4. A commentator on Homer, and Hesiod. (Clem. Alex. Strain, i. p. 129.) Perhaps he was the same as the philosopher. [P. S.]

CLEOMENES (KAeo^eV???), the name of a


physician introduced by Plutarch in his Si/mponiacon (vi. 8. § 5, ed. Tauchn.) as giving his opinion on the nature and cause of the disease called bulimia^ in the first century after Christ. [ W. A. G.]

CLEOMENES, a sculptor mentioned only by Pliny (xxxvi. 4. § 10) as the author of a group of the Thespiades, or Muses, which was placed by Asinius Pollio in his buildings at Rome, perhaps the library on the Palatine hill. This artist, who does not appear to have enjoyed great celebrity with the ancients, is particularly interesting to us, because one of the most exquisite statues, the Venus de Medici, bears his name in the following inscription on the pedestal:



This inscription, which has been undeservedly considered as a modern imposition, especially by Florentine critics, who would fain have claimed a greater master for their admired statue, indicates both the father and the native town of Cleomenes ; and the letter H. gives likewise an external proof of what we should have guessed from the character of the work itself, that he was subsequent to b. c. 403. But we may arrive still nearer at his age. Mummius brought the above-mentioned group of the Muses from Thespiae to Rome ; and Cleomenes must therefore have lived previously to b. c. 146, the date of the destruction of Corinth. The beau­tiful statue of Venus is evidently an imitation of the Cnidian statue of Praxiteles; and MUllcr's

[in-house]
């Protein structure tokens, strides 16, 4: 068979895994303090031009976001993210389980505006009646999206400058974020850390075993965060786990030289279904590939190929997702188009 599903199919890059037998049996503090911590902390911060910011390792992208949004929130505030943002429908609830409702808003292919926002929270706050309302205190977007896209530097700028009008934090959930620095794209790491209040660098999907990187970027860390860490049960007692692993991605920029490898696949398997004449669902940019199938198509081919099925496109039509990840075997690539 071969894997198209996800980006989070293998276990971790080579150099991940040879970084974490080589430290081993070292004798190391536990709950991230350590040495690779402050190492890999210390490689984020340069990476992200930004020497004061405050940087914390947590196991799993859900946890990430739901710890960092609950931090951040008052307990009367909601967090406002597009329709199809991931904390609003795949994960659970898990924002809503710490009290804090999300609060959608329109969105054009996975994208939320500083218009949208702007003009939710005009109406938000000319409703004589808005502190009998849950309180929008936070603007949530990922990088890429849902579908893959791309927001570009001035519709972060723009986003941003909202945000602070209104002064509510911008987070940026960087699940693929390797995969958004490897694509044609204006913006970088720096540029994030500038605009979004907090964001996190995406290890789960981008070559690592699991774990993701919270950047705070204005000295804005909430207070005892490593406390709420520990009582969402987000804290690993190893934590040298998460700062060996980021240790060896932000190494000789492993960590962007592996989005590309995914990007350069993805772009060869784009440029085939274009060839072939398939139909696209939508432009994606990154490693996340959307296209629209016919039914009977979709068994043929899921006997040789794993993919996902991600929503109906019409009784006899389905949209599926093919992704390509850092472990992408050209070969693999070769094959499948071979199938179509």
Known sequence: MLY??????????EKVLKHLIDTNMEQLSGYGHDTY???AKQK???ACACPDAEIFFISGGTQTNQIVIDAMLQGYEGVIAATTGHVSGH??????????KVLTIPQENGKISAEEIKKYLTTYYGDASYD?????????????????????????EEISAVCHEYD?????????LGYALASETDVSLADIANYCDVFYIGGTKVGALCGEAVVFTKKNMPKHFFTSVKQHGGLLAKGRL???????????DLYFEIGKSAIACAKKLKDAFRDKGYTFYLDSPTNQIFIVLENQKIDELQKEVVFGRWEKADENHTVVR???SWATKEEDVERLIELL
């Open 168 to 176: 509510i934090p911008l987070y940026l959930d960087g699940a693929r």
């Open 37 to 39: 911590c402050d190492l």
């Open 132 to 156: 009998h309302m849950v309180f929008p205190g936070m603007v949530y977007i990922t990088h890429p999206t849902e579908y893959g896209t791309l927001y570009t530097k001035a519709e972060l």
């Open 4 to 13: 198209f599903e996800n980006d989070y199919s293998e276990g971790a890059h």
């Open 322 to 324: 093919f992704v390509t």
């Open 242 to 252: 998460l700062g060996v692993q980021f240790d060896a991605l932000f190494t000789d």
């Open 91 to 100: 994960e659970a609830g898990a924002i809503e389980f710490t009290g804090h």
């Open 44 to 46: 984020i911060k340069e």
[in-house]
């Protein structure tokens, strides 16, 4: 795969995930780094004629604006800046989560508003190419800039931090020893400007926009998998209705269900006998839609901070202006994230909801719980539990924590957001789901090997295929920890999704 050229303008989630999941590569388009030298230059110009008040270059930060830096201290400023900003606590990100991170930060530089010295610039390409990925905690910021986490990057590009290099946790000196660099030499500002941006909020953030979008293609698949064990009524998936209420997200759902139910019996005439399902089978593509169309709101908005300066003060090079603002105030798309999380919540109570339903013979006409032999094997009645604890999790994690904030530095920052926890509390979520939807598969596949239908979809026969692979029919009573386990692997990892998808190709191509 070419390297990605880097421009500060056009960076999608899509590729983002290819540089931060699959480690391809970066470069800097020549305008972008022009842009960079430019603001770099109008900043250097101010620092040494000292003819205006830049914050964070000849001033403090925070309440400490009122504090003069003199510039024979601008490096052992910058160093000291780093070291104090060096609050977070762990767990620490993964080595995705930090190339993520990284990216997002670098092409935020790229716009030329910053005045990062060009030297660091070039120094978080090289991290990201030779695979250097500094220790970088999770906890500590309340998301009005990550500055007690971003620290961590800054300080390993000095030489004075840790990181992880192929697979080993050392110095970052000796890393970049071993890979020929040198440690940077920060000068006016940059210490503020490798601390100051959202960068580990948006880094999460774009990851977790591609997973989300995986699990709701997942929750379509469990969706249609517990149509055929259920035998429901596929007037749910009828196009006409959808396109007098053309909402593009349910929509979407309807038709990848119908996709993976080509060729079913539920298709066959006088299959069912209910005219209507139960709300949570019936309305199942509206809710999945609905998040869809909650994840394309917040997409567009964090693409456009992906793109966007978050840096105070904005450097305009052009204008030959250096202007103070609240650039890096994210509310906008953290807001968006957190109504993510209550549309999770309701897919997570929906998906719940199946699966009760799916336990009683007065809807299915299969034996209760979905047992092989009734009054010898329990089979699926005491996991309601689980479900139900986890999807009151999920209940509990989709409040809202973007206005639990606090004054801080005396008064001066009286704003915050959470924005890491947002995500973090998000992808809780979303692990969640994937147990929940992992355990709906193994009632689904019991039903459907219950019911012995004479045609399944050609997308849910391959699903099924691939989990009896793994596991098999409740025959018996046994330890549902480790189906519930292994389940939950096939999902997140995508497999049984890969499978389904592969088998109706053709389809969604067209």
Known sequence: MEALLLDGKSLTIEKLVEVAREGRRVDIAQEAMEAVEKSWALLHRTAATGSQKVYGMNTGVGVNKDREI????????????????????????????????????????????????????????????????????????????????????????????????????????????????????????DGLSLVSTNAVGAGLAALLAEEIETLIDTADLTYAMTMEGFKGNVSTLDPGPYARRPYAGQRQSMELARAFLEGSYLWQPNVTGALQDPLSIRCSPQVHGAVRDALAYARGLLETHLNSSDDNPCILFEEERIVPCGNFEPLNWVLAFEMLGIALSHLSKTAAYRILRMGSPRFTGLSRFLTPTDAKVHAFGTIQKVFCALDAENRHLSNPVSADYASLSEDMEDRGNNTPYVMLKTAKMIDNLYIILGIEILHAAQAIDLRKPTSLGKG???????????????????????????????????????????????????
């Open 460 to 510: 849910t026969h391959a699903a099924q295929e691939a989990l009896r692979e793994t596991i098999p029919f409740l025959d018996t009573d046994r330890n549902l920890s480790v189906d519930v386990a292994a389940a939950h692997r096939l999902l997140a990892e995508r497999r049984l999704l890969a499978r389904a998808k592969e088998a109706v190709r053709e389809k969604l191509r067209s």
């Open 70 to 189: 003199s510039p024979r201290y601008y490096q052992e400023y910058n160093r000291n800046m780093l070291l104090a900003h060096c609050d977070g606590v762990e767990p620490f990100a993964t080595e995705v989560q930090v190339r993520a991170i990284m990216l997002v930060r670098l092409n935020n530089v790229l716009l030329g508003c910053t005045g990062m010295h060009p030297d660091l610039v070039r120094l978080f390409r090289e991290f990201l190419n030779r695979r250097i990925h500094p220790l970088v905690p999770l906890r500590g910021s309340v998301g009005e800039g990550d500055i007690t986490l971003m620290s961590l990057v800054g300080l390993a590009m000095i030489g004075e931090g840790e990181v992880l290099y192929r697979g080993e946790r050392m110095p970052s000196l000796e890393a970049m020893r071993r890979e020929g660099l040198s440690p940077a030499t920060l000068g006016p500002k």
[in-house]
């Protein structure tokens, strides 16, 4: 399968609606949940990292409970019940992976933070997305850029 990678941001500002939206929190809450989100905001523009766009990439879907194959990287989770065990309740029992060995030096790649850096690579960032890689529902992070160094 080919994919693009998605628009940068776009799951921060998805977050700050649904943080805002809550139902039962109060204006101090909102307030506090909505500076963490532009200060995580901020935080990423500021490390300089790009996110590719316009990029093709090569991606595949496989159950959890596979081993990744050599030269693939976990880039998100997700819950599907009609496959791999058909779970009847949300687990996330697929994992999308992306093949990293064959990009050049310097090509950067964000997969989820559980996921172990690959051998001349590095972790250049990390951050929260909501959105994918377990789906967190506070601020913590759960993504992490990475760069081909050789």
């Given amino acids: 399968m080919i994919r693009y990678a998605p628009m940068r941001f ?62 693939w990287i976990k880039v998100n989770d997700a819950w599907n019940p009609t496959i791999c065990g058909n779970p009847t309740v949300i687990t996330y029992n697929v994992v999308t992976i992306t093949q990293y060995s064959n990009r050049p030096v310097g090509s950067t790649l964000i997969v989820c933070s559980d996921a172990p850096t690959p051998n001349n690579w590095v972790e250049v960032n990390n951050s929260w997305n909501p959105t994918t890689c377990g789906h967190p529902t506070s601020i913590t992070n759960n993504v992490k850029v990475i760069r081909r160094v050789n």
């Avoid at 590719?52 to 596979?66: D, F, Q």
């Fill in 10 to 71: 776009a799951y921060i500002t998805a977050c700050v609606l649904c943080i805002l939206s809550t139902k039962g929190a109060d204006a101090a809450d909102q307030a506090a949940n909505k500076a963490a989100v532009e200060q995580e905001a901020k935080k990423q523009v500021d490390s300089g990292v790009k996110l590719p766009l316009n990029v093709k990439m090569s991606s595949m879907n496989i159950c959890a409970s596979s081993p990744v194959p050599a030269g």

opinion is very probable, that Cleomenes tried to revive at Athens the style of this great artist. Our artist would, according to this supposition, have lived between b.c. 363 (the age of Praxiteles) and b. c. 146.

Now, there is another Cleomcncs, the author of a much admired but rather lifeless statue in the Louvre, which commonly bears the name of Ger-manicus, though without the slightest foundation. It represents a Roman orator, with the right hand lifted, and, as the attribute of a turtle at the foot shews, in the habit of Mercury. There the arti&t calls himself





He was therefore distinct from the son of Apollo-dorus, but probably his son ; for the name of Cleo­­menes is so very rare at Athens, that we can hardly suppose another Cleomenes to have been his father; and nothing was more common with ancient artists than that the son followed the father's profession. But it is quite improbable that an Athenian sculptor should have made the statue of a Roman in the form of a god before the wars against Macedonia had brought the Roman armies into Greece. The younger Cleomenes must therefore have exercised his art subsequently to b. c. 200, probably subsequently to the battle of Cynoscephalae. We may therefore place the father about b. c. 220.

Another work is also inscribed with the name of Cleomenes, namely, a basso-relievo at Florence, of very good workmanship, with the story of Alceste, bearing the inscription KAEOMENH2 EIIOIEI. But we are not able to decide whether it is to be referred to the father, or to the son, or to a third and more recent artist, whose name is published by Raoul-Rochette. (Monuntcus incdits